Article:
Although not all STWS patients have an identified LIFR mutation9,17, other genes responsible for the STWS phenotype have not been identified. Additional genes within the chromosomal region 5p13.1 from locus D5S194 to D5S1457 mapped by Dagoneau et al. included FLJ39155 (EGFLAM or Pikachurin, a proteoglycan), disabled-2 (DAB2), complement 9 (C9), Fyn-binding protein (FYB), and oncostatin M receptor (OSMR)7. While these genes may play a role as disease modifiers or may be potential candidates for those cases of STWS that are not linked to a mutation in LIFR, to date, limited information exists to support the likelihood of the involvement of these genes in skeletal, respiratory or neurological symptoms associated with the syndrome. Respiratory function has been associated with DAB-2. DAB-2 is a clathrin-associated sorting protein (CLASP) that contributes to clathrin recruitment, vesicle formation, and cargo selection. In the lungs, cystic fibrosis transmembrane conductance regulator, a cAMP-activated chloride channel expressed in the apical plasma membrane of human airway epithelial cells, is endocytosed in a DAB-2-dependent manner24. DAB-2 also plays a role in bone morphogenetic protein signaling25 and nerve cell differentiation26. Additionally, a neurologic function has been described for FYB through an association with hereditary motor-sensory neuropathy27. OSMR, like LIFR, is able to bind to glycoprotein (gp)130 to form heterodimers within the plasma membrane. OSMR has also been implicated in the respiratory system28, and the nervous system29, as well as metabolic symptoms such as mature-onset obesity, severe hepatic steatosis, and insulin resistance30.

OSMR plays a key role in bone homeostasis as demonstrated by the OSMR(-/-) mouse, which exhibits an osteopetrotic phenotype due to an effect on osteoclast differentiation31,32. The OSMR (-/-) mouse however, does not display the autonomic manifestations seen in STWS patients, suggesting that loss of OSMR by itself would not result in STWS. Therefore, the presence of OSMR within the candidate region is likely due to gene duplication and its presence within the candidate region is probably coincidence.

Proteins that play an essential role in the LIFR signaling pathway as ligands or as competing receptor, such as the cytokine receptor-like factor 1 (CRLF1), cardiotrophin-like cytokine factor 1 (CLCF1), neuropoietin (NP), and ciliary neurotrophic factor (CNTF) may play a role in the neuronal symptoms of STWS9 and are discussed in more detail.

The LIFR protein (glycoprotein-190; gp 190) is composed of a signal peptide followed by three main domains. The extracellular domain (45-833aa) includes two cytokine receptor homology domains (CRH1 and CRH 2), one Ig-like domain (Ig), and one type III fibronectin domain with three modules (FNIII). The transmembrane domain (TM; 834-858aa) is located between the extracellular domain and the cytoplasmic domain (CD; 859-1097aa) (Figure 1).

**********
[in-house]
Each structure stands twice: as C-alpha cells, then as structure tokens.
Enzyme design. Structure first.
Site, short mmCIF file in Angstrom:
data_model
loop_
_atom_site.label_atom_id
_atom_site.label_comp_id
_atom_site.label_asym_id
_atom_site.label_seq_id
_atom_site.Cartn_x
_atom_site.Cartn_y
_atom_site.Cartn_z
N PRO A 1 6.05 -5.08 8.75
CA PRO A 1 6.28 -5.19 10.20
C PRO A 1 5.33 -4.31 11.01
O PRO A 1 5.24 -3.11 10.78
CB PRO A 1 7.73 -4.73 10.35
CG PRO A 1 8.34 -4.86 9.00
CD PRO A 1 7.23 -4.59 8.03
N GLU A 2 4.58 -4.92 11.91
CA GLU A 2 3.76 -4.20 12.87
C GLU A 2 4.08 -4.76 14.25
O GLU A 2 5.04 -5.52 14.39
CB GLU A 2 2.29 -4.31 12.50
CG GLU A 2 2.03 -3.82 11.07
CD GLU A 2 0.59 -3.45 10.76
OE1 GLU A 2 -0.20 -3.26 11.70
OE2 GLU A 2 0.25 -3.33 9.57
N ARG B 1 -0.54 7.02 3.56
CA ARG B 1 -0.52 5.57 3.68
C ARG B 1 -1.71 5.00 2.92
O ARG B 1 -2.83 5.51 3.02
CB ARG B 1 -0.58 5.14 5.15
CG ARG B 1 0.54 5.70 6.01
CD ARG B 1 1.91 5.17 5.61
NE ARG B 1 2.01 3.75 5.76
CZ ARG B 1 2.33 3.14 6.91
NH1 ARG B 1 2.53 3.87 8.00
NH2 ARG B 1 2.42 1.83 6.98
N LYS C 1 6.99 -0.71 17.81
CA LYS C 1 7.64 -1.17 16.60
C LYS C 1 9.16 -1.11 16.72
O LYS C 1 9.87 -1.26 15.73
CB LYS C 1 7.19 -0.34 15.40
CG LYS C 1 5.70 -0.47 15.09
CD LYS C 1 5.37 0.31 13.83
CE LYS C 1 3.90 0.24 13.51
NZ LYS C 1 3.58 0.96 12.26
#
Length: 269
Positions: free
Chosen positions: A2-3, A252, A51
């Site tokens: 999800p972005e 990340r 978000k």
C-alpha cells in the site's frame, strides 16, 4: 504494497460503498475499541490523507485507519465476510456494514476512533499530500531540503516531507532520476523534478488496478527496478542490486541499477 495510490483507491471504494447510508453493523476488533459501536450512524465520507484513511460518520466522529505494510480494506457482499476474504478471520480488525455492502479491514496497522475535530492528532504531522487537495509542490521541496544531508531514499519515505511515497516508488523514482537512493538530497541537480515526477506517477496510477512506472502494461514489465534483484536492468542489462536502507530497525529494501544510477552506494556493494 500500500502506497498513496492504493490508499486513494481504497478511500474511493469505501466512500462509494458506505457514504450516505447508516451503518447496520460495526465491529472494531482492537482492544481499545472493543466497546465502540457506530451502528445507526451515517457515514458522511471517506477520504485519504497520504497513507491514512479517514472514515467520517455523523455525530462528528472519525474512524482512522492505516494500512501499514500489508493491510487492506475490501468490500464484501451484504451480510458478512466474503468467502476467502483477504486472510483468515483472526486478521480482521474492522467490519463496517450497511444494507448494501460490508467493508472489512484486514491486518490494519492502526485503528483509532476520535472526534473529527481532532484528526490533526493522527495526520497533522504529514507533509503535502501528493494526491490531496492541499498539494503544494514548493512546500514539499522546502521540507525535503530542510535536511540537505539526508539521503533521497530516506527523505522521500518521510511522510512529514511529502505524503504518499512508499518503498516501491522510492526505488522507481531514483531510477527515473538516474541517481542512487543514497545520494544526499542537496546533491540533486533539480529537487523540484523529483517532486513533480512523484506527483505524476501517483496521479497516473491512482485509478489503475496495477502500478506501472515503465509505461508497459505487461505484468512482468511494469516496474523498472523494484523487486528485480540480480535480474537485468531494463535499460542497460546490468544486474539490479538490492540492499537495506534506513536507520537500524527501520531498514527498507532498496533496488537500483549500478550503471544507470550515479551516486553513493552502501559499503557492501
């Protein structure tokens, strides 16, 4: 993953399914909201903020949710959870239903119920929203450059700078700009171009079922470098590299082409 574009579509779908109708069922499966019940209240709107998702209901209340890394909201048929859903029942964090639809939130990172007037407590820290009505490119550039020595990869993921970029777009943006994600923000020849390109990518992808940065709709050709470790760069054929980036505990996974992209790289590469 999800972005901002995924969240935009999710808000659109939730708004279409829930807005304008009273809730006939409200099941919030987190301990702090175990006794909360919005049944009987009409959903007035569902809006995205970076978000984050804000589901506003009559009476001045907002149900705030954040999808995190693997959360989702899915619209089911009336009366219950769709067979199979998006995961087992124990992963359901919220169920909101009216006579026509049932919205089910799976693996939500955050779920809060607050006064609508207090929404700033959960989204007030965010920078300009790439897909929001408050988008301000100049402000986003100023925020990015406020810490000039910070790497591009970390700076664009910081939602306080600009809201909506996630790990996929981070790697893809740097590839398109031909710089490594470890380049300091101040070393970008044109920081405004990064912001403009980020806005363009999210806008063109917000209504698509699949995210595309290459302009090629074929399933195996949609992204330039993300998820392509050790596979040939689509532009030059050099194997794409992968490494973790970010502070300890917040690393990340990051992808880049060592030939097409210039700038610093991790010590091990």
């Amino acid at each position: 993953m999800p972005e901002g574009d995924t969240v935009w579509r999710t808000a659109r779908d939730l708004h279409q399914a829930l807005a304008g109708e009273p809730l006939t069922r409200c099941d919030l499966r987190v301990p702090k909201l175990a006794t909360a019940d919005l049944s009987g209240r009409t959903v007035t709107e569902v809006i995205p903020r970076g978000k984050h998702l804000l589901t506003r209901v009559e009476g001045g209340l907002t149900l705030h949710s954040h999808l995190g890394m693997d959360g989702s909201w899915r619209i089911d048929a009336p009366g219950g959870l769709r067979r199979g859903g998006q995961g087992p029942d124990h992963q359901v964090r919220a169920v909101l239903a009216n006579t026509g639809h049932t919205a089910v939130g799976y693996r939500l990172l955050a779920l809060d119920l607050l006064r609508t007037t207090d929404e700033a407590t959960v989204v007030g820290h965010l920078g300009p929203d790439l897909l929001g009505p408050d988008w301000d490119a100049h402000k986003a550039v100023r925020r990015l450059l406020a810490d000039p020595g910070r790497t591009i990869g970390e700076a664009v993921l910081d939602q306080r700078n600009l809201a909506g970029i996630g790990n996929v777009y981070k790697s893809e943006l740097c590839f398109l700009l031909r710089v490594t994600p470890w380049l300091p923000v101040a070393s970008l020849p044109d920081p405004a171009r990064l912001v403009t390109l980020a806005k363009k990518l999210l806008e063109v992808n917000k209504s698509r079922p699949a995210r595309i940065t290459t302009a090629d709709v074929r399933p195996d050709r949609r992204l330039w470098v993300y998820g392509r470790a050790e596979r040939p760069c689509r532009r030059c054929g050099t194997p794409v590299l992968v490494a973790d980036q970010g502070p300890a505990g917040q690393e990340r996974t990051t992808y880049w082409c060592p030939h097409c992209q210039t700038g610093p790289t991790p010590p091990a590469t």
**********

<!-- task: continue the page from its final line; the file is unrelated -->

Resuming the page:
Figure 1. Known mutations in LIFR and normal sequence variants of LIFR. The LIFR protein is encoded by 19 exons within a 20 exon mRNA. The domains are illustrated within their corresponding region of the protein. SP: signal peptide; CRH1 and CRH2: cytokine receptor homology domains 1 and 2, Ig: Immunoglobulin-like domain; FNIII: fibronectin type III domain (433-530; 541-623; 729-821); TM: transmembrane domain (834-858); CD: cytoplasmic domain. Mutations observed in STWS patients are illustrated above the gene model86 and the normal variations within the LIFR gene are indicated below the gene model87. Currently, no pattern has emerged for the symptoms experienced by STWS patients and their specific mutation.

LIFR binds with low affinity to several IL-6 cytokine family members, including leukemia inhibitory factor (LIF), oncostatin-M (OSM), cardiotrophin-1 (CT-1, also abbreviated as CTF-1), ciliary neurotrophic factor (CNTF), neuropoietin (NP also abbreviated CTF2 in mouse, and CTF2P in human), and cardiotrophin-like cytokine factor 1 (CLCF-1, also abbreviated as CLC)33-36 (Figure 2). Both LIF and OSM bind to the LIFR. LIF binds to LIFRβ, which then recruits gp130 for higher affinity and cell signaling21. In contrast, OSM binds gp130 with low affinity but has little to no biological activity unless a second receptor chain is recruited, either the LIFRβ or the more highly specific OSMRβ37-40. CT-1 binds to gp130 and LIFR41, while CNTF first binds to ciliary neurotrophic factor receptor (CNTFRα) before recruiting LIFR42. NP signals through a receptor complex comprising CNTFRα, gp130, and LIFR43. Cardiotrophin-like cytokine factor 1 (CLCF-1) forms a heterodimer with either cytokine receptor-like factor 1 (CRLF1) or soluble ciliary neurotrophic factor receptor (sCNTFR) and competes for this same receptor complex9,44-46. CNTF, LIF, and NP may be responsible for neuronal development and survival, as CTNF possesses neurotrophic activity and can enhance precursor self-renewal and expansion of neuronal stem cells47,48. CTNF and LIF may play a role in motor neuron innervation49-51and NP can sustain in vitro survival of embryonic motor neurons and can increase the proliferation of neural precursors52 (Table 1).